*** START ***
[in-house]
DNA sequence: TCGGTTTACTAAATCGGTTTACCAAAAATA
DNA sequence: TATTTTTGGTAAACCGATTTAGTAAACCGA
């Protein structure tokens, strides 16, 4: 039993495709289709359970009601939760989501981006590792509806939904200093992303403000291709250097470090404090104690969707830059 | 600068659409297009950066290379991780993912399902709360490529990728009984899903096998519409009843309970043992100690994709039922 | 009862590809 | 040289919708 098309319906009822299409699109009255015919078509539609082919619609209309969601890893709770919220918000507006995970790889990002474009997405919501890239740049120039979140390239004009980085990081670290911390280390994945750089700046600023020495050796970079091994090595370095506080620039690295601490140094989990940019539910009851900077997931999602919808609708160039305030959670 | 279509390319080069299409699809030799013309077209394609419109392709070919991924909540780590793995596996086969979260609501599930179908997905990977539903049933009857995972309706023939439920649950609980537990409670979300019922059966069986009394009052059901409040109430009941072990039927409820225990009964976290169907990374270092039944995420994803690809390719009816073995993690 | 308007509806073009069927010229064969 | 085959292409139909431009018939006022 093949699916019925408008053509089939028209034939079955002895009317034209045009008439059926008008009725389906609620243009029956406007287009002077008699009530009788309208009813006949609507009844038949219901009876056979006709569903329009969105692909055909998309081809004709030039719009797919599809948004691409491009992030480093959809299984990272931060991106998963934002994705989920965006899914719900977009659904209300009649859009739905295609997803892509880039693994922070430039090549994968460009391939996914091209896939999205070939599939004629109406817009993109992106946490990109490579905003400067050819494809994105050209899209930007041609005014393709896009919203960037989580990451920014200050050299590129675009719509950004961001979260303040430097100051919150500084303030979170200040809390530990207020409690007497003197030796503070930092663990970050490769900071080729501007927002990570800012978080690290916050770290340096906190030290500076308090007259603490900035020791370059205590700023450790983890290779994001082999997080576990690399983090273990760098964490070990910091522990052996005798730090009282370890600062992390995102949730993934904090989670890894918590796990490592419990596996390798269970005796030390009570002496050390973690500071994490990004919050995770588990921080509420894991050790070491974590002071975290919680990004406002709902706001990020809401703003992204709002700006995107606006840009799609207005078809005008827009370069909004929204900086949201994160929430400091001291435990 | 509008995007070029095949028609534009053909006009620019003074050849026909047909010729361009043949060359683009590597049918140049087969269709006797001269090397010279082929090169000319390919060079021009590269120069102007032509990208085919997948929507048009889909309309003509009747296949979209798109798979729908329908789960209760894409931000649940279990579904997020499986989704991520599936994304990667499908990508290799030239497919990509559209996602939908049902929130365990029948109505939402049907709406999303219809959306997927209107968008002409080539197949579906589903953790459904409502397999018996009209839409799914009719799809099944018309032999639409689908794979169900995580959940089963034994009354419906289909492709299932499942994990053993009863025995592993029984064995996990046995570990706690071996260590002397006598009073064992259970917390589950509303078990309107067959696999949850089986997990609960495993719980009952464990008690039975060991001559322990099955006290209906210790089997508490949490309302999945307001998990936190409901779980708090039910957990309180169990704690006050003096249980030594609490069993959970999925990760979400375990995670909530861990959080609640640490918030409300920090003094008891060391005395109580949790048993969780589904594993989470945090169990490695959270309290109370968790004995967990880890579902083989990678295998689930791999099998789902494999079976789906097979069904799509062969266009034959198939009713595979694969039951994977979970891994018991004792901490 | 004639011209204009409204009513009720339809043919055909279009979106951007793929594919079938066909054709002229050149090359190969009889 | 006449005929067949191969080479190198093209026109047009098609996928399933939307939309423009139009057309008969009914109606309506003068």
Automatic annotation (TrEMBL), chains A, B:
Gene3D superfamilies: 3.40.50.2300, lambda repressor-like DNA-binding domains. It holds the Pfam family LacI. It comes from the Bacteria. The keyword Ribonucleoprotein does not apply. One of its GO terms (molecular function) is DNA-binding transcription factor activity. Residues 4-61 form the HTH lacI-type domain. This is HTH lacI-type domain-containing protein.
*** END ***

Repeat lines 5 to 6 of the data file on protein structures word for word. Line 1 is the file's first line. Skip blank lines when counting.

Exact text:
Automatic annotation (TrEMBL), chains A, B:
Gene3D superfamilies: 3.40.50.2300, lambda repressor-like DNA-binding domains. It holds the Pfam family LacI. It comes from the Bacteria. The keyword Ribonucleoprotein does not apply. One of its GO terms (molecular function) is DNA-binding transcription factor activity. Residues 4-61 form the HTH lacI-type domain. This is HTH lacI-type domain-containing protein.